Although it is not a requirement to pay students for vocational placements under the Fair Work Act 2009, it is often recommended that WIL students are paid for their efforts. If you aren’t sure the award rates are available via the Fair Work Ombudsman website: https://www.fairwork.gov.au/awards-and-agreements/awards/list-of-awards. The Fair Work Act 2009 outlines requirements for vocational placements – https://www.fairwork.gov.au/how-we-will-help/templates-and-guides/fact-sheets/unpaid-work/student-placements

In some cases, WIL experiences are unpaid. In this instance there are very clear guidelines in the Fair Work Act about when it is legal for a placement to remain unpaid. The University will be able to guide you about what is expected but the Fair Work Ombudsman site provides a clear summary here: https://www.fairwork.gov.au/how-we-will-help/templates-and-guides/fact-sheets/unpaid-work/unpaid-work.

How do I select a student/ WIL experience that is right for my organisation?

University staff are experienced in providing assistance to employers in finding the right student(s) or WIL experience. To help with this process they will often ask you to prepare a position or project description. They may even have a template to assist with this process. Here are some things you might like to include:

  • information about your organisation;
  • overview of project(s) / position(s);
  • expected deliverables / tasks;
  • skills required.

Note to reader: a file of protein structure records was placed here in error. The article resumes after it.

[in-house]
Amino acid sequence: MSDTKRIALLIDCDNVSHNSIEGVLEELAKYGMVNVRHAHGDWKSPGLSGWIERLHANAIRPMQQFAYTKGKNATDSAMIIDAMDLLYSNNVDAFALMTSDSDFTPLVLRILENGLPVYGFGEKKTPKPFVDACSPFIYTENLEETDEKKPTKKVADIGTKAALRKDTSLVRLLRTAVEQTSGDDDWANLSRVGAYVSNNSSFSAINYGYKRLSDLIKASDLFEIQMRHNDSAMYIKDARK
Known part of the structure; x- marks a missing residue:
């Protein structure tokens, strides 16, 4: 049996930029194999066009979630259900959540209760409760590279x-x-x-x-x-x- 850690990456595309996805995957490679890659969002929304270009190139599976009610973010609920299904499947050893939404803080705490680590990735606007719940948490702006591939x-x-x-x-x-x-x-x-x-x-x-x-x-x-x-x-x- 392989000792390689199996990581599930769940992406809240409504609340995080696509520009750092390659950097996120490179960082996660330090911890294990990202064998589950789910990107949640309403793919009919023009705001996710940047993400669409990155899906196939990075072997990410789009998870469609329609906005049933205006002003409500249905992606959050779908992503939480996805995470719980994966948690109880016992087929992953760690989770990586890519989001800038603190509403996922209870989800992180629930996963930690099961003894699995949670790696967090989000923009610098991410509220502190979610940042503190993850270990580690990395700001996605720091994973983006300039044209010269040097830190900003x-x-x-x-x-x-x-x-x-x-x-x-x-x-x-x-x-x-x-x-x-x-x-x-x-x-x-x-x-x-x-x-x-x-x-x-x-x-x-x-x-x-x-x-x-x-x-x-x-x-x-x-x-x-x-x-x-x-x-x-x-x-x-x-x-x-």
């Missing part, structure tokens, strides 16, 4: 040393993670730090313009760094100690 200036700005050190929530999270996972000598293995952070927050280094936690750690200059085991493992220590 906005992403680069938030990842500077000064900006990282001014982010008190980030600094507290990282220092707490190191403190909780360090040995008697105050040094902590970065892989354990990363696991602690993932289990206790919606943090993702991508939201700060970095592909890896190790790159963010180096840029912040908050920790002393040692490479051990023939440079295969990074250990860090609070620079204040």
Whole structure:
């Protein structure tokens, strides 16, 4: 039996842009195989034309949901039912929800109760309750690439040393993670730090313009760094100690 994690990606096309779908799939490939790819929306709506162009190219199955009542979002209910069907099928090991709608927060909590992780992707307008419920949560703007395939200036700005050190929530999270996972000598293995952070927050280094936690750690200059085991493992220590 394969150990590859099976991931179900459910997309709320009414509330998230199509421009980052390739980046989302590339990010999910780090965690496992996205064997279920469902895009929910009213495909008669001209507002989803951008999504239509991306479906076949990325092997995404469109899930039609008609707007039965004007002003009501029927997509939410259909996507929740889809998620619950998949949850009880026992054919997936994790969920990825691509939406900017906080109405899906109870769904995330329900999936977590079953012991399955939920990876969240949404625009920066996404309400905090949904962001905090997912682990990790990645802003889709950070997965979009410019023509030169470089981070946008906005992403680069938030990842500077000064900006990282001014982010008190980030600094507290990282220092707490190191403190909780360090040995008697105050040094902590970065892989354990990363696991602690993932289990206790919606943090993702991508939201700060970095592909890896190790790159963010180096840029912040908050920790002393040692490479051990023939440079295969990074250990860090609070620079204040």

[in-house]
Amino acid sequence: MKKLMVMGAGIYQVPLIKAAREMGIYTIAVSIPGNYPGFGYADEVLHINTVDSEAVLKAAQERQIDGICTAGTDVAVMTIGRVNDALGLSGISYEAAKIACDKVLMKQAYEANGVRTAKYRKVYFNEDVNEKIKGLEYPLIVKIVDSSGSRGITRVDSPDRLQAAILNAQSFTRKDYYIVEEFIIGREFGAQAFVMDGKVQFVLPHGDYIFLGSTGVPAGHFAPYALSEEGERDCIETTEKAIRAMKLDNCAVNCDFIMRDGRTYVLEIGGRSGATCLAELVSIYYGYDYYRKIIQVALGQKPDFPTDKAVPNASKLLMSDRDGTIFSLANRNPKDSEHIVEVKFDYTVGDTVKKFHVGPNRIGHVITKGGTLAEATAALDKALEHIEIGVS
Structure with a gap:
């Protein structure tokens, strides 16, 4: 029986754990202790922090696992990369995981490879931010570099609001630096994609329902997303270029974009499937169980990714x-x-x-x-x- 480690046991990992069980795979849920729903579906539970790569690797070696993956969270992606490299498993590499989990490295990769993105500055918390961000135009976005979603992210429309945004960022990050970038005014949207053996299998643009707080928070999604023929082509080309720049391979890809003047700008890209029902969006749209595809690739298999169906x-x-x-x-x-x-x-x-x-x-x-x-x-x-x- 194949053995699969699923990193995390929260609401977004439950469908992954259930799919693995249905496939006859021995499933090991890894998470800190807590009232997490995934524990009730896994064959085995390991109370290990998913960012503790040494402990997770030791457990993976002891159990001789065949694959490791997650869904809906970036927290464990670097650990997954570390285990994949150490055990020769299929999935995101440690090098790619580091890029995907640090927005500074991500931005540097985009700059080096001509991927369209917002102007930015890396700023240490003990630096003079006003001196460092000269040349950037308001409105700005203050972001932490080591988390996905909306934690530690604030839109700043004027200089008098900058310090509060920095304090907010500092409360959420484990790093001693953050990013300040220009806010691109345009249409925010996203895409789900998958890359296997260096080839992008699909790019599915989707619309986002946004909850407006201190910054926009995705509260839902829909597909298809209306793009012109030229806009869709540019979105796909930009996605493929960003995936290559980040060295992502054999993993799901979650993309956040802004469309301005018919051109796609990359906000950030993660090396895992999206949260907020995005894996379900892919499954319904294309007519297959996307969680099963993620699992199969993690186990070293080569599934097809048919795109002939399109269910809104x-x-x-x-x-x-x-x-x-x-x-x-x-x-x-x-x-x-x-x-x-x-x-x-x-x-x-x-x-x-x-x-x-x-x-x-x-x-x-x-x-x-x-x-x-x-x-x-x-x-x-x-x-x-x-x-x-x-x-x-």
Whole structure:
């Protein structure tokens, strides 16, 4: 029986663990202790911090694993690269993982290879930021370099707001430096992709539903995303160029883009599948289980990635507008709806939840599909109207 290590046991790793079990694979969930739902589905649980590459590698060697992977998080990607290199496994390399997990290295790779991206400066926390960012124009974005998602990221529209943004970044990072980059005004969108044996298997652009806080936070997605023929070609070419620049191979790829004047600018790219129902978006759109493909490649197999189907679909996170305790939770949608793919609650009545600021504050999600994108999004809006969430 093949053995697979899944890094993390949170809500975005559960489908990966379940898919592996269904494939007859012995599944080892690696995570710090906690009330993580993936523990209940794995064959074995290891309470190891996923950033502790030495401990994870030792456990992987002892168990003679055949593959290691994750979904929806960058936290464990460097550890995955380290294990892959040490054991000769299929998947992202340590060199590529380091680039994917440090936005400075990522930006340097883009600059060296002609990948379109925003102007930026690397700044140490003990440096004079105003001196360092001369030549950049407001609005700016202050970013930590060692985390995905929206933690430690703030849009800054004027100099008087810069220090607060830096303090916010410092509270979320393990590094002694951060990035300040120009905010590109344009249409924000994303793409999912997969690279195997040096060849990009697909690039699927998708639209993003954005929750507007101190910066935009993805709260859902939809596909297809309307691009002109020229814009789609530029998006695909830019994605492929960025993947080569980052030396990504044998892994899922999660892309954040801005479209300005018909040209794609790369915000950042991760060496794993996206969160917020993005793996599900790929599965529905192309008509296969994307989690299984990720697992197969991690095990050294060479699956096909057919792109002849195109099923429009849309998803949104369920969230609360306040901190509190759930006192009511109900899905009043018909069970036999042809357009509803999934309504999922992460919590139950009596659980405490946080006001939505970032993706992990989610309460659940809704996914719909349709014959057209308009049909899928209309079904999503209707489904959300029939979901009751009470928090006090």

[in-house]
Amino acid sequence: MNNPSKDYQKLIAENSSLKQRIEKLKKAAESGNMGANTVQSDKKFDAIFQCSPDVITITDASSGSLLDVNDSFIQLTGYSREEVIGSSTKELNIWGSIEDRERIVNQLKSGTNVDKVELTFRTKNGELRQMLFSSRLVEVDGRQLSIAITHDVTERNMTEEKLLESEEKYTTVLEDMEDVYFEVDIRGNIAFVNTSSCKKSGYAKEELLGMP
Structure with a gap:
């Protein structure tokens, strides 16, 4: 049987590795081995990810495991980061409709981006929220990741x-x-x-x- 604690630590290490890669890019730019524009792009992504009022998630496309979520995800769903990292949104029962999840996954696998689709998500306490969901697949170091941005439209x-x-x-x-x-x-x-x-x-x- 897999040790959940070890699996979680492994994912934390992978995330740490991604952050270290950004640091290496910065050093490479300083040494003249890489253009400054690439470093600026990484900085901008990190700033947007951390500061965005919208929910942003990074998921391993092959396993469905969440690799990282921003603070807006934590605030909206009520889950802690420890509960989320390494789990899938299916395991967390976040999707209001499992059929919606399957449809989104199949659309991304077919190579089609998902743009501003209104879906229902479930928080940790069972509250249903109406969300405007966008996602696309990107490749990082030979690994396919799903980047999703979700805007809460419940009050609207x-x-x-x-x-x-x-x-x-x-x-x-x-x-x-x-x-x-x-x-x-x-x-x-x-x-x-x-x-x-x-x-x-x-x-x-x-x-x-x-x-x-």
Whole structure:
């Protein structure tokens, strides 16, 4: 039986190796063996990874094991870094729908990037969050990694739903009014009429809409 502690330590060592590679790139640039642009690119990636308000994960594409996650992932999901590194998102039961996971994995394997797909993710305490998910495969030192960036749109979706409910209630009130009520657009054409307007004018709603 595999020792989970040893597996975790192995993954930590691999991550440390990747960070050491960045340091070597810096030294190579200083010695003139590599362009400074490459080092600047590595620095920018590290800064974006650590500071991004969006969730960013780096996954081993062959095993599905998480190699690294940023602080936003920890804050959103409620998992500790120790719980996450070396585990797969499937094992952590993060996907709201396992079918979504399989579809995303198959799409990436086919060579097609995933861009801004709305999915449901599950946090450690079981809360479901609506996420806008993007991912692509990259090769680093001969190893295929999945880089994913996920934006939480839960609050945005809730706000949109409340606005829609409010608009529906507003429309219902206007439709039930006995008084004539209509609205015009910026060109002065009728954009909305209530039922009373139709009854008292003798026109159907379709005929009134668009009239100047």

How to offer a WIL experience

To get started think about:

  • what tasks/ projects you are looking to have completed;
  • how long it might take;
  • what skills and knowledge you might need; and
  • what resources you might require e.g. time available to talk with a class, a detailed project description, a desk, computer, other equipment.

This information will help when you make contact with the universities. The Australian Collaborative Education Network (ACEN) has developed a WIL contact list of universities across Australia: https://acen.edu.au/wil-contacts-in-universities/

When you make contact with the university, here are some questions that you might like to ask:

  • Do you have students that could help with my project/ tasks?
  • What is expected from me as the employer/host organisation?
  • What WIL format is best for my needs?
  • How long does the WIL experience take?
  • What support is provided by the university?
  • What can I expect from the student/s?
  • If it is a placement does the university provide insurance for the student while they are in the workplace?

How to prepare for the WIL experience